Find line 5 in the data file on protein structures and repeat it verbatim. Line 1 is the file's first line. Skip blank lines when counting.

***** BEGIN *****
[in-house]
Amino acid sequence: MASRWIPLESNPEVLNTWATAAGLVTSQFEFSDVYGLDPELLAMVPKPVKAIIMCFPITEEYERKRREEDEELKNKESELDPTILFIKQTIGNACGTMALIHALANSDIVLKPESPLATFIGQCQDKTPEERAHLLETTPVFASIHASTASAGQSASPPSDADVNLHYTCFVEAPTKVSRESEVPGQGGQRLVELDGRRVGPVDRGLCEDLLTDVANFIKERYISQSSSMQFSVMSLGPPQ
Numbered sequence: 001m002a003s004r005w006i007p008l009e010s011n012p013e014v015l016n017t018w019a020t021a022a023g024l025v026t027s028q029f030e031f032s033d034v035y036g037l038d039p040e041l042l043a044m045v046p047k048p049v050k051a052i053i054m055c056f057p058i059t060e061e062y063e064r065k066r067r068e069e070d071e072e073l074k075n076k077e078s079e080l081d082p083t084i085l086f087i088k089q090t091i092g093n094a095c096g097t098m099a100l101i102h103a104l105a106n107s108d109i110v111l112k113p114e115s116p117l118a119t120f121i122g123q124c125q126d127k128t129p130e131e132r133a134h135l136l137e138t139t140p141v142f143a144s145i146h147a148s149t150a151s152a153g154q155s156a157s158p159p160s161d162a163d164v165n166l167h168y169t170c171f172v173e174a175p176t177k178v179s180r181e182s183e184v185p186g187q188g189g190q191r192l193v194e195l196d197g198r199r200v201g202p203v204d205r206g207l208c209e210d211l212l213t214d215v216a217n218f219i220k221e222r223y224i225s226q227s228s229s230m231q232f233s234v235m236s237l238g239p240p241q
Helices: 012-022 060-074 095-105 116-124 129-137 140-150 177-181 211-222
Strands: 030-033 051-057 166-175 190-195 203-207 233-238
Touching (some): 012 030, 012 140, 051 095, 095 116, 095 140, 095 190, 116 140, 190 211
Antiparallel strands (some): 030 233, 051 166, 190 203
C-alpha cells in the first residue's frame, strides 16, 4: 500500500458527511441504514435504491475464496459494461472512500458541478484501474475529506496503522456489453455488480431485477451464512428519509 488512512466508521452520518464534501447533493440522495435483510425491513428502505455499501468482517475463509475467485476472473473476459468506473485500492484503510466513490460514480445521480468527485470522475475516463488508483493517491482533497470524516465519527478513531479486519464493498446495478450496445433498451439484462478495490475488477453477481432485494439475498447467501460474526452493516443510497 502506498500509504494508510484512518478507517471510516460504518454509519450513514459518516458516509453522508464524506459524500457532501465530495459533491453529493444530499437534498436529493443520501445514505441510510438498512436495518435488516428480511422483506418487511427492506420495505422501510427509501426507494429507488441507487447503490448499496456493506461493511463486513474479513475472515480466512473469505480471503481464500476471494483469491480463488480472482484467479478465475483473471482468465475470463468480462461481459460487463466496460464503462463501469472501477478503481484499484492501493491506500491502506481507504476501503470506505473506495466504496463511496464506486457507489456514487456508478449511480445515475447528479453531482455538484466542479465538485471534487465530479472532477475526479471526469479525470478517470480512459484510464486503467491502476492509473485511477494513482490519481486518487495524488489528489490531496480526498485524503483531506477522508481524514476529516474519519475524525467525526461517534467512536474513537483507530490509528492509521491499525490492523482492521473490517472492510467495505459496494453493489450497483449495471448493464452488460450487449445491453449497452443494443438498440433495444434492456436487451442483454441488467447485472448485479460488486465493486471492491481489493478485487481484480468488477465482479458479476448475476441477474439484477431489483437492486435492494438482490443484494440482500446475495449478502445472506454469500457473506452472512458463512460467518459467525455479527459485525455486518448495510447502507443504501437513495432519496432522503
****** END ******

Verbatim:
Strands: 030-033 051-057 166-175 190-195 203-207 233-238